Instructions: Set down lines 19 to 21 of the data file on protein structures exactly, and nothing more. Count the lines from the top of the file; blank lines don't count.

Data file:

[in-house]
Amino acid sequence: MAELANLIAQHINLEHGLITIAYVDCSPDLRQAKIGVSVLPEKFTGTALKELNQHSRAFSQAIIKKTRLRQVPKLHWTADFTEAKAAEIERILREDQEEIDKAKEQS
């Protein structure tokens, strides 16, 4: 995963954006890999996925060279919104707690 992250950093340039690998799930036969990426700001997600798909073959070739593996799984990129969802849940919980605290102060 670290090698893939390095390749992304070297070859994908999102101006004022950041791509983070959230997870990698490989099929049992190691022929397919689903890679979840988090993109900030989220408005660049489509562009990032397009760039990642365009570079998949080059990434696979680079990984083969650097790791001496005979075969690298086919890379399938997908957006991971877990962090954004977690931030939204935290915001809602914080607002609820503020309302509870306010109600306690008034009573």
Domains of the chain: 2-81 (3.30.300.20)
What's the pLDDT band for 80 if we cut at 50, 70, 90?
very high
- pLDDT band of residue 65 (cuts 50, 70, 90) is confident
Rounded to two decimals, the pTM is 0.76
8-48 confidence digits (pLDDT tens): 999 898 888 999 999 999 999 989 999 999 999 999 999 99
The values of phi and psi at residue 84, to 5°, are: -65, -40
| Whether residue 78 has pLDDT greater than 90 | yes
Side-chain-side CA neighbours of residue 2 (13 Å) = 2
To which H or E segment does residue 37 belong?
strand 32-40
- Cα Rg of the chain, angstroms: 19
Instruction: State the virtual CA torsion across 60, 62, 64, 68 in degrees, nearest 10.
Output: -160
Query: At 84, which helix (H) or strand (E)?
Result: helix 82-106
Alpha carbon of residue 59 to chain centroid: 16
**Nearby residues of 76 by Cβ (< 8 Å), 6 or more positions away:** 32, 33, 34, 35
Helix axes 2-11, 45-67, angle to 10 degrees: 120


Result: helix 82-106
Alpha carbon of residue 59 to chain centroid: 16
**Nearby residues of 76 by Cβ (< 8 Å), 6 or more positions away:** 32, 33, 34, 35